Eloquence’s resolve wavered. Rumbles of rowdy good humor drifted across the ice-bitten garden, which meant Dad was busy. Too busy for a son’s petty grievances and injured pride. But he had to try, for Ever’s sake if not his own. And soon. Time was as short as the fading day. The winter solstice had slipped past, and the New Year was fast approaching. “Tonight, then,” he promised himself. “Provided they don’t crack a second cask of star wine.”
He tested the air for telltale scents. Today’s guests were a blend he knew well enough—wolf, cat, fox, and dragon. A meeting of the Five.
Over the past few decades, Eloquence had grown accustomed to the comings and goings of his father’s assorted friends. Few Amaranthine mingled outside their clans except to establish an enclave or cooperative, but Harmonious Starmark wasn’t one to enforce boundary lines. Dad had never liked barriers.
Giving up, Eloquence turned toward the pavilion he shared with his younger brothers and all but ran into an elder one. Sly dog.
“What’s with the glare, runt?” Prospect’s perpetual grin widened. “You always used to like our little games.”
“When I was a pup.” Eloquence ducked out from under his brother’s heavy arm. Quen was no longer the youngest Starmark, but that didn’t stop his three older brothers from reminding him of his place within the pack. This amounted to a whole lot of tussling and teasing, with an ego-wrecking range of embarrassing stories thrown in for good measure.
“Not my fault you’re too lazy to mark corners.” Prospect mussed his hair, irreparably loosening Eloquence’s heavy, auburn braid. “What would Uncle Laud say?”
“That a downwind approach is as rude inside the den as out.”
“Granted.” Prospect’s copper eyes sparkled. “But seriously, Quen. You should make some effort. I’m not the only one on the prowl.”
“Journalists wouldn’t dare. Not after the last time.”
“Don’t say I didn’t warn you. But speaking of pups, I’ll loan you mine.”
All this while, Prospect had been carelessly cradling a dozing newborn, his third child. Swaddled in a blanket lavishly embroidered with copper ribbon rosettes, she fit neatly in the crook of his arm.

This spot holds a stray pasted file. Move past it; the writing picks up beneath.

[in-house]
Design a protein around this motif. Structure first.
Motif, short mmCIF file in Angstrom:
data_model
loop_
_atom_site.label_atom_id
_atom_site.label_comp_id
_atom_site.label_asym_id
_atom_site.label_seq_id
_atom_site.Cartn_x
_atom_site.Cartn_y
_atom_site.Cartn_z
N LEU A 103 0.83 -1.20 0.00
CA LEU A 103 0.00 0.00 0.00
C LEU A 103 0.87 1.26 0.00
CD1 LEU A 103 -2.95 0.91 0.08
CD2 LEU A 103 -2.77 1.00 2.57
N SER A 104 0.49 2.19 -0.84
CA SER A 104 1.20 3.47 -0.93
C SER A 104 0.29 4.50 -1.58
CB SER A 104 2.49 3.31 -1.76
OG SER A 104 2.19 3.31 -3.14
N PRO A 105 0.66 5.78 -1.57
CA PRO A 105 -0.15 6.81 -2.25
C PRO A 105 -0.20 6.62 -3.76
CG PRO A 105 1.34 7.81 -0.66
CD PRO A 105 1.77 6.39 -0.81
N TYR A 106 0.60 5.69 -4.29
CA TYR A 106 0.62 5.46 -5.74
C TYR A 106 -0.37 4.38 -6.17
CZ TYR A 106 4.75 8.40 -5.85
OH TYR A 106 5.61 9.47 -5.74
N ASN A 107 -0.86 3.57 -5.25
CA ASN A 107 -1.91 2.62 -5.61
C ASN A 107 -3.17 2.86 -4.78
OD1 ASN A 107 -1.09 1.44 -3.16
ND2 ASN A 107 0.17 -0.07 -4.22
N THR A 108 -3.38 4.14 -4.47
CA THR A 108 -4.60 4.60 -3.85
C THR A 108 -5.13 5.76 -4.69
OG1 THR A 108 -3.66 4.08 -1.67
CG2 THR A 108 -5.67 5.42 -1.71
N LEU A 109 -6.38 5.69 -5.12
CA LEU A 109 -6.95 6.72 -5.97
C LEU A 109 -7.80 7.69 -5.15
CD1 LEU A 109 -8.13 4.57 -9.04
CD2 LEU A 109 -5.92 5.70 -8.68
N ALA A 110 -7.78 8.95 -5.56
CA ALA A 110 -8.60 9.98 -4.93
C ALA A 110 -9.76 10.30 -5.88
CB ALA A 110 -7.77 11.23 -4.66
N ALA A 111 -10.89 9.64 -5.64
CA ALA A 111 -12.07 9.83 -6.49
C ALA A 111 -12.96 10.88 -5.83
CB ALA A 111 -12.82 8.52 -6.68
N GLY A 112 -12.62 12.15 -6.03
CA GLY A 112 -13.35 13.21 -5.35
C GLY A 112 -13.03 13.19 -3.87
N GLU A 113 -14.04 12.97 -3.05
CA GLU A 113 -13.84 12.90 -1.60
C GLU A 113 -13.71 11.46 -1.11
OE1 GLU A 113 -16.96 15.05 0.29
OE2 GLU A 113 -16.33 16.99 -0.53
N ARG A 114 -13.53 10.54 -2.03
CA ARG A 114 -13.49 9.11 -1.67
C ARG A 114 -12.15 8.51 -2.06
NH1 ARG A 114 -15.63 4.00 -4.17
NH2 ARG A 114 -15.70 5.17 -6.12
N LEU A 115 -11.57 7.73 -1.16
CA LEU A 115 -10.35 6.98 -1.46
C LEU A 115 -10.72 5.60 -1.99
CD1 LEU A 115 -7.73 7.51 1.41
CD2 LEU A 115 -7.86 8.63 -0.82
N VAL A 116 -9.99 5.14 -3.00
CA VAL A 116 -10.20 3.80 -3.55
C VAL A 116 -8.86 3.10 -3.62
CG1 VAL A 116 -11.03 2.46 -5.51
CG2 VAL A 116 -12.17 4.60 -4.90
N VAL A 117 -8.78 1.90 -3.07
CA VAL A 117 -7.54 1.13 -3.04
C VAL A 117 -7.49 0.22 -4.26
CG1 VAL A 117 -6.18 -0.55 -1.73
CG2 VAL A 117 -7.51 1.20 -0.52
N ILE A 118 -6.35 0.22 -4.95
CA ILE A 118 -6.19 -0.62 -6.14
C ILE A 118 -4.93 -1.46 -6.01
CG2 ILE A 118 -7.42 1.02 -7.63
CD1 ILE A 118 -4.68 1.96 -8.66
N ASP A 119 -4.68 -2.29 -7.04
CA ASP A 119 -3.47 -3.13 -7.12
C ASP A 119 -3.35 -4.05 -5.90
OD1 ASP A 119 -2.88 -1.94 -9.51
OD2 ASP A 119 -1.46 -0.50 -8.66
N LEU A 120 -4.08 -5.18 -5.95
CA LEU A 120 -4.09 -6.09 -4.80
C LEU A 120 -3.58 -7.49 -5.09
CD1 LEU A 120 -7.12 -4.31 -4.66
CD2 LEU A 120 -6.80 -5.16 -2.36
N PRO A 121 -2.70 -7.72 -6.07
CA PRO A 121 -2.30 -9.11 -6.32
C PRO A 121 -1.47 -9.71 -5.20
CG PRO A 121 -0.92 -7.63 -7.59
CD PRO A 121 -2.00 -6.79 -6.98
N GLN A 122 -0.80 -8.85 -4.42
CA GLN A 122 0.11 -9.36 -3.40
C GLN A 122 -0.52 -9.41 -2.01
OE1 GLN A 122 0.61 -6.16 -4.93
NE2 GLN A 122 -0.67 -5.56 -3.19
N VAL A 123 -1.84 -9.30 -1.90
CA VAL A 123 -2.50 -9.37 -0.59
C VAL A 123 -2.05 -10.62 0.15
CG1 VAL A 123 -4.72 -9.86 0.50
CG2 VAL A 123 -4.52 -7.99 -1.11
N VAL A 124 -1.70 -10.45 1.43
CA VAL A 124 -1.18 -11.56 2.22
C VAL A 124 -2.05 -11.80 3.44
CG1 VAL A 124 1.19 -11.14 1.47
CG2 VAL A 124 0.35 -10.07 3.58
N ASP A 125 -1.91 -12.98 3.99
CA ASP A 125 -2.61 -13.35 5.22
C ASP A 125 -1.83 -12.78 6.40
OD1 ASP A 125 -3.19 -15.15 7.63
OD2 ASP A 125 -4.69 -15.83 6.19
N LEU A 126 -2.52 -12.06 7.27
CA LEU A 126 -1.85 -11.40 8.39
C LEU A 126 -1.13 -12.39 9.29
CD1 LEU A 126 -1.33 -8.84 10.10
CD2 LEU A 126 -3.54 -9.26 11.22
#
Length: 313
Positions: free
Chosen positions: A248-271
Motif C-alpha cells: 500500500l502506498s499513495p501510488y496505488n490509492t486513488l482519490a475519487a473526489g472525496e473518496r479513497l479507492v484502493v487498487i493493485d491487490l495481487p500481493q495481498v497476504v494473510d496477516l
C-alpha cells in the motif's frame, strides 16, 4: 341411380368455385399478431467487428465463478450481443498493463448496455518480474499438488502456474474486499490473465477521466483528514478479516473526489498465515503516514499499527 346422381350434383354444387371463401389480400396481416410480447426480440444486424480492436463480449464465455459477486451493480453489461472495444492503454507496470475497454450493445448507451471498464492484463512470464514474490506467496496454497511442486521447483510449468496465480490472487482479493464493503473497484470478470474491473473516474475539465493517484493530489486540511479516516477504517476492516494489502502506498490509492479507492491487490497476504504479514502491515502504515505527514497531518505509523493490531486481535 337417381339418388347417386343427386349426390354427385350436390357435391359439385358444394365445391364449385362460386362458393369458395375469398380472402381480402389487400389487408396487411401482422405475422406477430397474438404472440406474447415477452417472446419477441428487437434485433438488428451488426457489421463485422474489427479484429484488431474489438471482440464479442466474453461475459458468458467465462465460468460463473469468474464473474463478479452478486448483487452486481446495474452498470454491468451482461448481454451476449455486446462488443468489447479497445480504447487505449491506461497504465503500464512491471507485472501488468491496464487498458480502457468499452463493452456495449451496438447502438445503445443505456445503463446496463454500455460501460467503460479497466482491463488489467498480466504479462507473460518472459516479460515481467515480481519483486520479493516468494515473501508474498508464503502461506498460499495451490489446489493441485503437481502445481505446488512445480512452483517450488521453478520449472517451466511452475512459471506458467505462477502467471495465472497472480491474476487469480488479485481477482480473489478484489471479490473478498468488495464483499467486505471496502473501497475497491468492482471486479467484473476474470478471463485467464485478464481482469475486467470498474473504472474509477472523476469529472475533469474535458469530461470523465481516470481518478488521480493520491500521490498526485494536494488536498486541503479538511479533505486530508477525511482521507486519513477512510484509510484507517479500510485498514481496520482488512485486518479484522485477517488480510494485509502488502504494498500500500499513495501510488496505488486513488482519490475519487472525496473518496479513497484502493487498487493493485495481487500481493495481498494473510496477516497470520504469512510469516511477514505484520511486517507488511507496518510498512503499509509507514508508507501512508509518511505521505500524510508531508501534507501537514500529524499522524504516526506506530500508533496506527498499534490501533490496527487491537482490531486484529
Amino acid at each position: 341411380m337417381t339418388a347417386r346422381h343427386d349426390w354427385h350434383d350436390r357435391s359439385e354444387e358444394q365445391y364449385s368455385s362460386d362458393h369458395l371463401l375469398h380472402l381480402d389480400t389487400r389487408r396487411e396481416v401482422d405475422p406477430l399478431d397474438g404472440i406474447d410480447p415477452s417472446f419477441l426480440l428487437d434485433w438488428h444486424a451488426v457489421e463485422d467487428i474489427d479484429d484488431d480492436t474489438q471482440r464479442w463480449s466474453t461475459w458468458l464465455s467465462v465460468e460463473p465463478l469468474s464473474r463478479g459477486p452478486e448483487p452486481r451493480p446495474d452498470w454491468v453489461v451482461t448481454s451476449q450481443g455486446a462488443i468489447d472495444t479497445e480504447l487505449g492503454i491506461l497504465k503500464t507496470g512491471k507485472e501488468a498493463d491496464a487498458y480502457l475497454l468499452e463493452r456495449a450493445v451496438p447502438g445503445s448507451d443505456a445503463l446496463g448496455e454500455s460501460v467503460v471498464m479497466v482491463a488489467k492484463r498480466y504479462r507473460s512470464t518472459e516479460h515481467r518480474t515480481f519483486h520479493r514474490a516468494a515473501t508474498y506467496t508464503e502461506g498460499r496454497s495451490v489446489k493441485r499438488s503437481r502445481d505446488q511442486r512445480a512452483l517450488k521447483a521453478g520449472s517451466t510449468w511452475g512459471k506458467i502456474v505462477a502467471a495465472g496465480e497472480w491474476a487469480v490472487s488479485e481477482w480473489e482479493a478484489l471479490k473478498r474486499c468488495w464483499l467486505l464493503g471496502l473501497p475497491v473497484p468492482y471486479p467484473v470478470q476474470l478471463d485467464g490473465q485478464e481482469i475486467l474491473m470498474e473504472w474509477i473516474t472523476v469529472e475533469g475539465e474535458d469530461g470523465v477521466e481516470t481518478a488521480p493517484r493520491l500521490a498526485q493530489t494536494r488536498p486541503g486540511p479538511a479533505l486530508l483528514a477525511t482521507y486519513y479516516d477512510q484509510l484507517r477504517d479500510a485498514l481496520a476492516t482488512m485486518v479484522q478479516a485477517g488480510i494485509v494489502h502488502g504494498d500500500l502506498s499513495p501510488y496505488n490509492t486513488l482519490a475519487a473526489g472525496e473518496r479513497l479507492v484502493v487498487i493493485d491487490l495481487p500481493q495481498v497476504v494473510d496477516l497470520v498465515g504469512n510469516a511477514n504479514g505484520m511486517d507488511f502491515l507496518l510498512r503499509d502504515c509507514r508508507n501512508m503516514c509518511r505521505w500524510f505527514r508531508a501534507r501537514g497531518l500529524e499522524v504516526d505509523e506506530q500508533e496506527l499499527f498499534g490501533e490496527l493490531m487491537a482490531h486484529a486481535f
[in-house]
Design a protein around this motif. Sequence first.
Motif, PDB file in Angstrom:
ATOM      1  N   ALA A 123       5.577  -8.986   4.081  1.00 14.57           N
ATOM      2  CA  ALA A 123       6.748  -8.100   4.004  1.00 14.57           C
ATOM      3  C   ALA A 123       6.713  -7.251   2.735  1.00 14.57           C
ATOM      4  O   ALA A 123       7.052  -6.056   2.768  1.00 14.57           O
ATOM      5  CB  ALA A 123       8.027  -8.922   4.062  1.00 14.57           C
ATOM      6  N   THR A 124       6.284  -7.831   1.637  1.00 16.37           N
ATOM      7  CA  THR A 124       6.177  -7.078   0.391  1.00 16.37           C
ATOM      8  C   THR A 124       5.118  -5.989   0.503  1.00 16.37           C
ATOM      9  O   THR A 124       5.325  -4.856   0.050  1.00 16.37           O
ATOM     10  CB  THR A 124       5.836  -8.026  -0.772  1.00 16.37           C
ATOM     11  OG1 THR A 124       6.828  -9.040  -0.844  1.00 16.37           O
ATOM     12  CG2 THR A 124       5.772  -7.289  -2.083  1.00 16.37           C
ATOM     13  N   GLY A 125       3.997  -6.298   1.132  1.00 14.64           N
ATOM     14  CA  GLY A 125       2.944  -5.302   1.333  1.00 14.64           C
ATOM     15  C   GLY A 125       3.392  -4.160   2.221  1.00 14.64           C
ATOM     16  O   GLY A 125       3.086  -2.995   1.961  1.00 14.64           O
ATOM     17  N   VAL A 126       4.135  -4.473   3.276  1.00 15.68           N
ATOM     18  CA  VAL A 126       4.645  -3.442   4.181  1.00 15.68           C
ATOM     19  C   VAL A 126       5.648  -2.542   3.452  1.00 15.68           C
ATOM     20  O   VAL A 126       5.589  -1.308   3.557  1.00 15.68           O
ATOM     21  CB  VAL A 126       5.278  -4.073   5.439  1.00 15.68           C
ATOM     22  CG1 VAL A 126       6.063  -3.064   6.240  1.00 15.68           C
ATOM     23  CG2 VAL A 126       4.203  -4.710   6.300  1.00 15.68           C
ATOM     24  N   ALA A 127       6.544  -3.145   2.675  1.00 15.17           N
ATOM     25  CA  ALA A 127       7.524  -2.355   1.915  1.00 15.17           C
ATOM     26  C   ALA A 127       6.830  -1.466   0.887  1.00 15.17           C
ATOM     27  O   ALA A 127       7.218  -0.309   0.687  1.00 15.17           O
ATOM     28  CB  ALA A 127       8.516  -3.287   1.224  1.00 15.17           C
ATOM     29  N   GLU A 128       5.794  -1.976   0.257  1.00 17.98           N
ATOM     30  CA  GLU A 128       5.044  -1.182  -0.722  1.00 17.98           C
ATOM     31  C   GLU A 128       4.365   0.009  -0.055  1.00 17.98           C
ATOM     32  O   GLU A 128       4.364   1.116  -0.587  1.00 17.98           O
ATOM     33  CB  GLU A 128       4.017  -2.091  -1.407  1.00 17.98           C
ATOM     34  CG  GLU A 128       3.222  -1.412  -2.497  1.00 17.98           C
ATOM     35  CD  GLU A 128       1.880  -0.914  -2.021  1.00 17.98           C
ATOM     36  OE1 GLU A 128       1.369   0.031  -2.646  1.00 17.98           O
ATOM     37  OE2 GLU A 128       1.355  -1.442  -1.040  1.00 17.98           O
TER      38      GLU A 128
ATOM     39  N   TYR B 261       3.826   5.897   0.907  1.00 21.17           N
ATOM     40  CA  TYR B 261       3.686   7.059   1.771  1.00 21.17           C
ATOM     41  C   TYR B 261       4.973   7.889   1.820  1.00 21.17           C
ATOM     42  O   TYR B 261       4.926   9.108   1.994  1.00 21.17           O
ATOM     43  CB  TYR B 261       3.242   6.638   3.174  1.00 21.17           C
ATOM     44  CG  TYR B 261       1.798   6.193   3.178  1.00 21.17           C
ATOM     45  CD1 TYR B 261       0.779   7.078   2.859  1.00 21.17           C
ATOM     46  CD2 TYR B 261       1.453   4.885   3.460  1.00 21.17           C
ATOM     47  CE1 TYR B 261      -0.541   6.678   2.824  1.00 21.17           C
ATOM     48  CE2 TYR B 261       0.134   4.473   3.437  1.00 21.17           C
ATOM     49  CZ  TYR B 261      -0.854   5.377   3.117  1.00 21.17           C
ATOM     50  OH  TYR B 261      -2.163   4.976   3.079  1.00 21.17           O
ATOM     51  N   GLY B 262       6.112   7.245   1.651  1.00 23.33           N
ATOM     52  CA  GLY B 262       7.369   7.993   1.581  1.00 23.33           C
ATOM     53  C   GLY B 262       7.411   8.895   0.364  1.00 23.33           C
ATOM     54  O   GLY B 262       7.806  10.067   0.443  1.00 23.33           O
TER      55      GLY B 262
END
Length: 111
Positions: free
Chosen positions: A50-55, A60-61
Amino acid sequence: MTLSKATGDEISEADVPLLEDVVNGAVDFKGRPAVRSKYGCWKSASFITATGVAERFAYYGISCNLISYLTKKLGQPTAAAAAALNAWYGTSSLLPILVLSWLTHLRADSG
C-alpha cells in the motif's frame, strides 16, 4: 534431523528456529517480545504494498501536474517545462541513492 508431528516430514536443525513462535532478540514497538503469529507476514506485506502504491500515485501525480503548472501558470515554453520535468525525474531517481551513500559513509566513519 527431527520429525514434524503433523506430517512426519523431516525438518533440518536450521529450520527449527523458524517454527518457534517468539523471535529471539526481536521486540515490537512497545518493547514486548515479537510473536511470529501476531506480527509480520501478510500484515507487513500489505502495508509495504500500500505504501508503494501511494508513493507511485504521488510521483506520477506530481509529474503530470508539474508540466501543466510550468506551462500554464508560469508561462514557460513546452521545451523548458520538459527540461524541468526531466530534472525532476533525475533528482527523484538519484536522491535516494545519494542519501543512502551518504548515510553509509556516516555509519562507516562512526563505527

“If your bondmate put you on baby duty, who am I to interfere?” But Eloquence was already reaching for the newest member of the Starmark clan. It wasn’t little Clarion’s fault that her dad couldn’t tune his instrument with a little one hobbling his hands. “Dad asked for you?”
“Yes, though his message implied popular demand.” Prospect stooped to stroke his daughter’s cheek. “Star wine tastes better with an accompaniment.”
“I don’t mind.” This was both trust and a treat. “Lyric and Lavish are always so quick to carry her off, Ever and I barely get a turn. Rise even grumbles.”
“Further proof she’s my girl. We’re both in high demand.” Prospect’s gloating smile faded, and his tone took a turn toward the serious. “I heard you’re to be recognized soon. That’s good. You’ve waited long enough.”
Eloquence could feel embarrassment burn into the tips of his ears. There was a reason his brothers had nicknamed him runt.
On the day he was born, his mother had died. No one would give him any details, but according to the pack’s songs and stories, Aurora Starmark had clung to life long enough to protect his passage into the world. She could no longer run with them, but her strength had not gone from the pack. Her influence lingered. Many of Quen’s sisters had her daintier chin and fine brows. And there were subtler legacies—quick wits, quiet manners, and a fondness for stringed instruments.
For whatever reason, Eloquence had always been small for his age. Standing tall, he barely reached his brothers’ shoulders, but his hands and feet were large enough to suggest that he hadn’t yet reached his full growth. And so Dad kept putting off his attainment, waiting for him to grow into his paws.
“I’ve been old enough for a long time now,” Eloquence said stiffly. He was nearly twice the age Valor had been when the pack recognized his next-older brother as an adult.
“Everyone knows it.” For once, Prospect didn’t tease. “You know, Anna’s the one who put her foot down.”
Eloquence had no doubt that had been a lively conversation. And his step-mother’s bark was nothing compared to her bite. “I’ll be sure to thank her.”
With a final brush of knuckles across his daughter’s fuzz of auburn hair, Prospect said, “I need to go.”
“You know where to find us.”
His brother stalled long enough to press a kiss to Clarion’s forehead. A good sign that his heart was in the right place. But then he grinned and kissed Eloquence’s forehead as if he were a half-weaned nuzzler again.
Quen felt fully justified in delivering a parting kick to Prospect’s shin.
Fussing with Clarion’s blanket, he meandered slowly toward his rooms, a sway to his steps.
Across the way, his brother was already tuning his instrument. Low notes quickly ascended in a glissade that led seamlessly into a sprightly tune more suited to dancing than drinking. Quen flowed through the steps of one of the walking dances that would be part of this little one’s whelping feast.
Clarion opened her eyes, and he chuckled. “Do you hear your sire? He plays for you.”
She squeaked and squirmed. Only then did Eloquence notice the source of her dismay, a figure standing quietly at the end of the porch. Watching him. And probably waiting on him.
With a soothing rumble, Eloquence strolled on. “Good nose, little one. You found a stranger, but he’s a friend to this pack. Trust your Uncle Quen.”
Her answering gurgle put a smile on his face. And a pang in the secret places of his heart. Prospect was so lucky.
At the moment, all Eloquence could claim was a vague sense of being cornered. But he covered his surprise, tossing off a casual gesture of welcome and peace. “Good day, Spokesperson Twineshaft.”